Yesterday morning the gene-editing company Horizon Discovery, better known as Horizon, announced that they would be entering an exclusive partnership with Rutgers to develop a new technology to edit genes known as base editing, according to Business Wire.
“Gene-editing technology has truly revolutionized how scientists think about their search for better options and outcomes in the treatment of disease. We look forward to advancing the shared goals of further developing this novel base editing platform and improving human health through this collaboration with Horizon," said David Kimball, interim senior vice president for Research and Economic Development.
The technology has the potential to be applied to the development of new cell therapies. It will also increase the amount of Horizon's research tools and services.
"Base editing is potentially transformative for all gene-editing technologies with the potential to help target many diseases that to date have no treatment. As a world leader in the field of gene editing and gene modulation, both in research and applied markets, we are very excited to partner with Dr. (Shengkan "Victor") Jin and Rutgers University," said Terry Pizzie, the CEO of Horizon.
In collaboration with the University, Horizon plans to operate in the laboratory of Jin, an associate professor of pharmacology at Robert Wood Johnson Medical School. The company has already made payments to Rutgers for the option to be given the authority to exclusively own the base-editing technology, to be used in its therapeutic applications.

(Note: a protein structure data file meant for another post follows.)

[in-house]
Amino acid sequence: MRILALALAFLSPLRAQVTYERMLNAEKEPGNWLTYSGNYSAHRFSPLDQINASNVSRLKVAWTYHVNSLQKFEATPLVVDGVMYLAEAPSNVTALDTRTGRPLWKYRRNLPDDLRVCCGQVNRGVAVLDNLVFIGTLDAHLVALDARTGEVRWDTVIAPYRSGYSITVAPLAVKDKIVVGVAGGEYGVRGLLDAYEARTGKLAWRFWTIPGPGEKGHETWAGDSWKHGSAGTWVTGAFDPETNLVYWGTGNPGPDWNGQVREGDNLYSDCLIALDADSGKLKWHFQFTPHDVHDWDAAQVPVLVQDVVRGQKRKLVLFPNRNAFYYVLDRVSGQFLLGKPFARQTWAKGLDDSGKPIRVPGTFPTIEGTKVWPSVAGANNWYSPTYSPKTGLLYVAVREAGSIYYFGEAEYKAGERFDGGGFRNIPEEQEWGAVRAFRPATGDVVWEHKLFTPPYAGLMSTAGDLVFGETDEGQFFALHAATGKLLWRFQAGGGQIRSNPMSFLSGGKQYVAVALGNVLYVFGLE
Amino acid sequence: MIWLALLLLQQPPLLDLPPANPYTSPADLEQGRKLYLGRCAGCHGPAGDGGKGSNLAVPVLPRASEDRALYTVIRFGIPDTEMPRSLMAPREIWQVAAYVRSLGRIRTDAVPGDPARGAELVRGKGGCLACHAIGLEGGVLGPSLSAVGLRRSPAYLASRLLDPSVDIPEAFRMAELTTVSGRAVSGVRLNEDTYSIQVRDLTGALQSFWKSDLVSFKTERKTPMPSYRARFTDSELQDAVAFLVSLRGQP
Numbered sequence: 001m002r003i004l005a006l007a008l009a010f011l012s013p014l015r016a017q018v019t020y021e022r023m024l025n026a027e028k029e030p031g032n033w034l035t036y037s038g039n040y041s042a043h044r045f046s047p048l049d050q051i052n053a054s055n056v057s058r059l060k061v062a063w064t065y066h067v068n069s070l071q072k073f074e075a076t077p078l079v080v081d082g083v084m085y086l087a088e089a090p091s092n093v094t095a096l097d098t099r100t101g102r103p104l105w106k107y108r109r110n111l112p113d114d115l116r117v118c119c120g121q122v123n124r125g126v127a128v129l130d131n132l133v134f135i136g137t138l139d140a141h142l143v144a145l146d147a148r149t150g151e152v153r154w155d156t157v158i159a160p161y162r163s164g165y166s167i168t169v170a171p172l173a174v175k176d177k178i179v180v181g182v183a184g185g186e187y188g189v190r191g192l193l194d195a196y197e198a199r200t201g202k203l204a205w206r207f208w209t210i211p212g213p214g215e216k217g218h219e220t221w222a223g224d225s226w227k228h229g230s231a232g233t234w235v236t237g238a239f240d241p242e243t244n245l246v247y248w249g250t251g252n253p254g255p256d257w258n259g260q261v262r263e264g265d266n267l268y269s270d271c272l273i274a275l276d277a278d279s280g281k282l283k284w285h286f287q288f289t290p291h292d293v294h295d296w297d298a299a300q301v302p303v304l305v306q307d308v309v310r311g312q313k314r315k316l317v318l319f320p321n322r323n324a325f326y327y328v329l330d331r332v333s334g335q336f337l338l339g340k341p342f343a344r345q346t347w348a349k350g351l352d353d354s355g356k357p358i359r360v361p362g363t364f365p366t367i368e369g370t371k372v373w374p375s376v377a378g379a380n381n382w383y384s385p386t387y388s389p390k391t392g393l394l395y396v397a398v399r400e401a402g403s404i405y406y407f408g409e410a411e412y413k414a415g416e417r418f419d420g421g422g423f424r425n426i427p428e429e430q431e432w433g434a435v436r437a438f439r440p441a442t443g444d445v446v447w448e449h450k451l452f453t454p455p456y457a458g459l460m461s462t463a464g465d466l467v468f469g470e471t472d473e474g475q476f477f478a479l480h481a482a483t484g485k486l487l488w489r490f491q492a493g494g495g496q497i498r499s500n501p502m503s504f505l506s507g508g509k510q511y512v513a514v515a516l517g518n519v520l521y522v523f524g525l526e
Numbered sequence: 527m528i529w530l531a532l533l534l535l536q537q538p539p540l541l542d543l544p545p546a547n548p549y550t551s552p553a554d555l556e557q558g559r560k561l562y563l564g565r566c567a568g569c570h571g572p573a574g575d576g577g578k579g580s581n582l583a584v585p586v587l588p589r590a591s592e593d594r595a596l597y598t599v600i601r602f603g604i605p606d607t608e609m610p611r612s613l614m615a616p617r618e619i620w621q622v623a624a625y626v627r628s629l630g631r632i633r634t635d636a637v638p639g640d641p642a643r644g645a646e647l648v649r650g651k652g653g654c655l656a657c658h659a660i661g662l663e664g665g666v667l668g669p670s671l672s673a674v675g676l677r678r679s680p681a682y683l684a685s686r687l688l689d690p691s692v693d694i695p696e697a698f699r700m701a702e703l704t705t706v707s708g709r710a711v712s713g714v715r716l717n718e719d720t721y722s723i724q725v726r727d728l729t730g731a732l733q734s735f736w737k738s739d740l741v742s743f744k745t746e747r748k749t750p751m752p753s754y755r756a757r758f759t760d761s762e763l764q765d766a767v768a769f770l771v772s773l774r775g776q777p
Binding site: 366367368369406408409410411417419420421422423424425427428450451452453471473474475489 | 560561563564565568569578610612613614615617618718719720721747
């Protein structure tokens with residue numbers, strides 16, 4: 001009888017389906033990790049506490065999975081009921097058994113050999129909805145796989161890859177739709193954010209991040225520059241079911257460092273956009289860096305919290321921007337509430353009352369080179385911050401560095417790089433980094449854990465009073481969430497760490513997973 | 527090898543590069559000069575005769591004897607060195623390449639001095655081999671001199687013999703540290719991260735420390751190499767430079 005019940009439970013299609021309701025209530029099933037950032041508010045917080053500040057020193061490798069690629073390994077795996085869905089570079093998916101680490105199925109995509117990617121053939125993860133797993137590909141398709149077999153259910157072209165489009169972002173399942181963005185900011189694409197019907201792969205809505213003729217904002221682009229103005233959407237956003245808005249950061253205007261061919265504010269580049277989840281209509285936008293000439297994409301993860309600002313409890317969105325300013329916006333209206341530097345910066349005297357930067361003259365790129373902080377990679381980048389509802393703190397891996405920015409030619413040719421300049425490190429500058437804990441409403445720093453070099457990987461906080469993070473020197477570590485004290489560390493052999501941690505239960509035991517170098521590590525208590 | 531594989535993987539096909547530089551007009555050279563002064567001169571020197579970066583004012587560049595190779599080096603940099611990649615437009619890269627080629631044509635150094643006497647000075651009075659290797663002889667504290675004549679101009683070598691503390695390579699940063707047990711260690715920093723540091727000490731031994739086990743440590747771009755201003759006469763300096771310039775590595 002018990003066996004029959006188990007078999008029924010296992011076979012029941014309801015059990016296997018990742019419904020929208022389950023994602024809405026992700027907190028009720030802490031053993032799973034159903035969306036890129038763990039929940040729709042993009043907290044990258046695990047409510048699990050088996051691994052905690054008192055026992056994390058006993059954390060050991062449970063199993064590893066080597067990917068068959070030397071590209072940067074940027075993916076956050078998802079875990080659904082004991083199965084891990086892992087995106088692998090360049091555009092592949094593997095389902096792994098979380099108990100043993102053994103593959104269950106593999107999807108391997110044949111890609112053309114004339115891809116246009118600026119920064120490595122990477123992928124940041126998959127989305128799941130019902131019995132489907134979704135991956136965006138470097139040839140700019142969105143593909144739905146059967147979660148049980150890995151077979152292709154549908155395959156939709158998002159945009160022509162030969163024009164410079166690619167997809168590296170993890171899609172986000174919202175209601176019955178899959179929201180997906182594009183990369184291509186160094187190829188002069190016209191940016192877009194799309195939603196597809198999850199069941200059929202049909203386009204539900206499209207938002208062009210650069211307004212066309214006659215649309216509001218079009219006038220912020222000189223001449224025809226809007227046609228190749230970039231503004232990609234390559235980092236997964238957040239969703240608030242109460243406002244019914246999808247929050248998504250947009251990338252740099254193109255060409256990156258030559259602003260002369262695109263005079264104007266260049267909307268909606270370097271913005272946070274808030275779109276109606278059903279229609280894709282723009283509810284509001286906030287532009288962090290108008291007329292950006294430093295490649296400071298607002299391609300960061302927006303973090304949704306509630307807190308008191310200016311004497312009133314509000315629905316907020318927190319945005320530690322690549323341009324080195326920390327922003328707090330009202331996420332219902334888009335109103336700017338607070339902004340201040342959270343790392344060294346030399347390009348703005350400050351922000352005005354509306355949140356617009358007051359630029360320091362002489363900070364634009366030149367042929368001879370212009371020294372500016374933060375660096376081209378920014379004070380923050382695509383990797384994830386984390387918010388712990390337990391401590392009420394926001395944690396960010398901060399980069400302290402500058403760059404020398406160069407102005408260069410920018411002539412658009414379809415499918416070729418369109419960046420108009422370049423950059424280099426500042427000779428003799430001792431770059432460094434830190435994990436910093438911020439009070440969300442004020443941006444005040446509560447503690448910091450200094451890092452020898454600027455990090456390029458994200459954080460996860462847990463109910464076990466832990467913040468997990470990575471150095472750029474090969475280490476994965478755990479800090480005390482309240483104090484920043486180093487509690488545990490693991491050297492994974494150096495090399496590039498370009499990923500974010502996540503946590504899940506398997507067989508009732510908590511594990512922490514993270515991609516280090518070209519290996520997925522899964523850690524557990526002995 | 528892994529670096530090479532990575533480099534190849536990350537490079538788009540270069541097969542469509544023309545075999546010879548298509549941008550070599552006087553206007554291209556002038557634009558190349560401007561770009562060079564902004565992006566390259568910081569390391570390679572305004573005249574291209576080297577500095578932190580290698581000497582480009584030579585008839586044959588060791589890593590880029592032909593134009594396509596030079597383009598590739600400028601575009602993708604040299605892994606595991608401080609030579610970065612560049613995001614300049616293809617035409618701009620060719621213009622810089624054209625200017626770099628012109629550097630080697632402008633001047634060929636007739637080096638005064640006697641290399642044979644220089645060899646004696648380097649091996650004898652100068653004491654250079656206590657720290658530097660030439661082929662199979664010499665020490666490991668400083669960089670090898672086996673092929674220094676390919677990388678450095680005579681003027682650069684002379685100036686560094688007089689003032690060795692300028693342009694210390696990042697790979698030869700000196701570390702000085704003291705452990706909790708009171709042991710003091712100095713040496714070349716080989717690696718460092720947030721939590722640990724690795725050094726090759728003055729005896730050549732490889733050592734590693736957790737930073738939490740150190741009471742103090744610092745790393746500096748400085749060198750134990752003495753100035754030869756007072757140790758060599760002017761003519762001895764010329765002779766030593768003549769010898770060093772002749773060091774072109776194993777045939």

Horizon has also agreed to fund further research in base editing for Rutgers, and will then be undertaking evaluation and proof of concept study, or a demonstration of the technology's feasibility.
Base editing is a new type of technology platform for engineering DNA or genes in cells, allowing bases, the name of the smaller components of DNA, to be converted to another without requiring breaks in the double-stranded DNA. It has the potential to correct any genetic errors or mutations by modifying genes using protein molecules. Other gene-editing methods, such as CRISPR/Cas9, creates cuts in the gene. These breaks can cause negative effects, while base editing would be both more accurate and reduce changes in genes.
"The potential is enormous. In addition to the ‘simple’ diseases caused by a single genetic alteration event, the therapeutic strategy, in principle, could also be useful for treating diseases where permanently targeting a disease-related gene is beneficial,” Jin said.